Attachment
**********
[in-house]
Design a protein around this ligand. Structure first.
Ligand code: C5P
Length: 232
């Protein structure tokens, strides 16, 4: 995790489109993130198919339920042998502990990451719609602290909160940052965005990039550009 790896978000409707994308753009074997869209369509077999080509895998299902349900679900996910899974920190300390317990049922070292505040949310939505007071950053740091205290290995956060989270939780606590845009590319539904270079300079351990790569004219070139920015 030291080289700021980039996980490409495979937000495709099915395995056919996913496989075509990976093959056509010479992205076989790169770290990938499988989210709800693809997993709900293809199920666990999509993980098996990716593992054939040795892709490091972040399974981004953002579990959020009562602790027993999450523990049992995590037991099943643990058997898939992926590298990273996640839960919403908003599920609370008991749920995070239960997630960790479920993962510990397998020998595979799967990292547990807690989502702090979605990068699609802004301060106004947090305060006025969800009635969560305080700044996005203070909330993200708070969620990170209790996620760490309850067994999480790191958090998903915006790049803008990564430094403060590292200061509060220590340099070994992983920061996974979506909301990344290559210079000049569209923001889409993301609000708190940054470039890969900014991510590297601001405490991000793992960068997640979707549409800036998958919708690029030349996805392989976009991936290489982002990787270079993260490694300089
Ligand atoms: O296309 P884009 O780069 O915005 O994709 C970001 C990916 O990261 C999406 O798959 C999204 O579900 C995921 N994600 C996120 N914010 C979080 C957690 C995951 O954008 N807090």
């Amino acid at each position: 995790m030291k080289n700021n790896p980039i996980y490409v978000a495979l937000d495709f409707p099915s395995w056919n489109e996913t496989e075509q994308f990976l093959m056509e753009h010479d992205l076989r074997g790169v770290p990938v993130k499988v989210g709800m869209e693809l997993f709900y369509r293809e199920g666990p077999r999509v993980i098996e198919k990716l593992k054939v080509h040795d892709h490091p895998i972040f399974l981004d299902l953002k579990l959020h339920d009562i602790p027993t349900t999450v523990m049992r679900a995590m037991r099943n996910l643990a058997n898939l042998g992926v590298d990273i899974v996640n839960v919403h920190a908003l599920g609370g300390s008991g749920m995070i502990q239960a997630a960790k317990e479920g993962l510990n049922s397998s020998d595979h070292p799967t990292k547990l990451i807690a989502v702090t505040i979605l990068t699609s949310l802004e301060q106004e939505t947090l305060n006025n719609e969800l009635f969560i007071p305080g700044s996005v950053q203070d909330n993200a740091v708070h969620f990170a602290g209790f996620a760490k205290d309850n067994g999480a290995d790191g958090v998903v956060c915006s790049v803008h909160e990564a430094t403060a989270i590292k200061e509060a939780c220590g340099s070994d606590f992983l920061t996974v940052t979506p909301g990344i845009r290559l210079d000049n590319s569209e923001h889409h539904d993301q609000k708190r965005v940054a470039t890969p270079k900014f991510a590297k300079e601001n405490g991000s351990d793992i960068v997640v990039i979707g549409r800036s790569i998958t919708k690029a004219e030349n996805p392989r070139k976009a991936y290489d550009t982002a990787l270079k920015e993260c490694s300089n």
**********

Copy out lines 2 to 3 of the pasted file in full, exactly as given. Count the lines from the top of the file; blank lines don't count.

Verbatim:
Design a protein around this ligand. Structure first.
Ligand code: C5P